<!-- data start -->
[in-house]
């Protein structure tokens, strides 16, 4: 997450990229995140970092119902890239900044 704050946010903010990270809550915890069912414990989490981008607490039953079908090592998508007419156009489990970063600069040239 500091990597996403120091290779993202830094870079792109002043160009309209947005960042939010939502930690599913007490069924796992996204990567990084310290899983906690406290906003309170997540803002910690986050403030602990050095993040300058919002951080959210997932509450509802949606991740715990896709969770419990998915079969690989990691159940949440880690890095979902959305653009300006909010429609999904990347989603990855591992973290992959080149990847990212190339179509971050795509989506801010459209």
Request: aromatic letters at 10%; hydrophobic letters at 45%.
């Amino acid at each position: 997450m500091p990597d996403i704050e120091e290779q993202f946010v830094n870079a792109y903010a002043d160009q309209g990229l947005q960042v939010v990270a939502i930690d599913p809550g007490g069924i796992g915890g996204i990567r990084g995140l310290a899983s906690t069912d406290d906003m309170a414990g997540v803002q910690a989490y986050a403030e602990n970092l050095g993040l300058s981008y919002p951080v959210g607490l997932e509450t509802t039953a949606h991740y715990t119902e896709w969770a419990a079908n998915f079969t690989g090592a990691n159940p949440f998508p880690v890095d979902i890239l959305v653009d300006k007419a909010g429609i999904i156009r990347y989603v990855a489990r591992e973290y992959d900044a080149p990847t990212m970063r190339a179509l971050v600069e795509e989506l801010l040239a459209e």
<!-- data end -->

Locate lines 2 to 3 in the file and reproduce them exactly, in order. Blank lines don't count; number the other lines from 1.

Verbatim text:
């Protein structure tokens, strides 16, 4: 997450990229995140970092119902890239900044 704050946010903010990270809550915890069912414990989490981008607490039953079908090592998508007419156009489990970063600069040239 500091990597996403120091290779993202830094870079792109002043160009309209947005960042939010939502930690599913007490069924796992996204990567990084310290899983906690406290906003309170997540803002910690986050403030602990050095993040300058919002951080959210997932509450509802949606991740715990896709969770419990998915079969690989990691159940949440880690890095979902959305653009300006909010429609999904990347989603990855591992973290992959080149990847990212190339179509971050795509989506801010459209």
Request: aromatic letters at 10%; hydrophobic letters at 45%.